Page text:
The hidden history of gay country music


#1

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#2

Reading up on Lavender Country in Wikipedia I was surprised to learn that the (now defunct) Journal of Country Music had an article on gay country musicians in 2000. It’s not available online, but I do have access to a library that has the specific issue (v.21 no.1), so I’ll be looking that up.

I’m a little surprised that Johnny Cash’s “A Boy Named Sue” isn’t mentioned. While not technically gay it’s always seemed to me to be addressing society’s perspective on gender. It even seems to have an “it gets better” theme. It’s not straightforwardly LGBT-positive, but it’s better than Billy Briggs’ “The Sissy Song”, which the author saw fit to include in an article on “queer country”.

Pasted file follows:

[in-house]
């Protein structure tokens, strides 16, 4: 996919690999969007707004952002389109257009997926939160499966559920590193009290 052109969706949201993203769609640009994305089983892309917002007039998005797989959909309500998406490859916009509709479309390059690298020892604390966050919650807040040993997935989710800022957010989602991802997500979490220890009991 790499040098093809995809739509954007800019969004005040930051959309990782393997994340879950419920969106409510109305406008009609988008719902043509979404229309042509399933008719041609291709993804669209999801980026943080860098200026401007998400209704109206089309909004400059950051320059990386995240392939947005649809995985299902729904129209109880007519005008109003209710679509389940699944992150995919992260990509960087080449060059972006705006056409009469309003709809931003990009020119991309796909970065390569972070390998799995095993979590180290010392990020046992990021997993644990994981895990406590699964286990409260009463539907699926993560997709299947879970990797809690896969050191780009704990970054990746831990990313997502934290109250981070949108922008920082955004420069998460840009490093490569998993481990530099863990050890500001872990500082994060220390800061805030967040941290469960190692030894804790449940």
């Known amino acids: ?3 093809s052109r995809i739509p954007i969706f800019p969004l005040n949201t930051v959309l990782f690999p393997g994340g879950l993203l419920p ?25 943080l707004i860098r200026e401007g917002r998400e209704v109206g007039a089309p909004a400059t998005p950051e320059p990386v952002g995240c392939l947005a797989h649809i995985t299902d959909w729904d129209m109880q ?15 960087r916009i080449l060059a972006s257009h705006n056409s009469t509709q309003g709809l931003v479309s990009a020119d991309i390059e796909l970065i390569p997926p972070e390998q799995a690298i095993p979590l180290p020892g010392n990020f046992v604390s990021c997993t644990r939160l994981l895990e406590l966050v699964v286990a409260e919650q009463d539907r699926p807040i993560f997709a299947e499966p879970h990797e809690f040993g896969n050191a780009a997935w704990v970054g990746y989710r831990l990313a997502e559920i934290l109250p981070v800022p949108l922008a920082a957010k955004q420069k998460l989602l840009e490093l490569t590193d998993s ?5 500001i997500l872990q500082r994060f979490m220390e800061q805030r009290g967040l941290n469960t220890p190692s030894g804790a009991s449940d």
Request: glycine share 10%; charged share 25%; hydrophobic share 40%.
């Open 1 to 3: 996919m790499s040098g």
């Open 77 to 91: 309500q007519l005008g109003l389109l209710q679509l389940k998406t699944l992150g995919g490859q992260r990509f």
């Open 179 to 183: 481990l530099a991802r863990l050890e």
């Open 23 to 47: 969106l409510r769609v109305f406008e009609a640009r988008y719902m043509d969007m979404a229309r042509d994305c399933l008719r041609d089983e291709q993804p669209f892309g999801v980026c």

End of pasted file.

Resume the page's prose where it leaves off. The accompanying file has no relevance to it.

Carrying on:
#3

MY FAVORITE PART IS THE SUBTLETY! IT IS SO GENTLE AND EASY TO MISS, LIKE A FREIGHT TRAIN.

Heh.


#4

Hey, where the hell was all this stuff when I was routinely getting hassled for being queer by all-hat-no-cattle-cowboys? This is how I felt when I found cowboy-themed Tom of Finland art a few years too late.


#5

Let’s not forget the great Rod Hart’s CB SAVAGE, which on first listen sounds like homophobic garbage, but is in actuality a pretty biting satire on anti-gay attitudes.


#6

Used to play Two Nice Girls’ “I Spent My Last Ten Dollars (On Birth Control And Beer)” all the time in college. What a great song.


#7

I have always appreciated Willie Nelson’s contribution to the genre, Cowboys are Frequently Secretly (Fond of Each Other)


#8

The Sons of the Pioneers have a song, Wind, in which a cowboy pines for a faraway lover, that I think would fit into this playlist. He’s sending his longings along on the breeze, and throughout the lyrics, there’s a conflation of the “you” to whom he sings and the “he”, of the wind that carries his messages:

Wonder where he goes,
Darlin can you hear me,
Something that he knows,
Seems to bring you near me,
Thought I heard you whisper in the sighing of the wind.


#9

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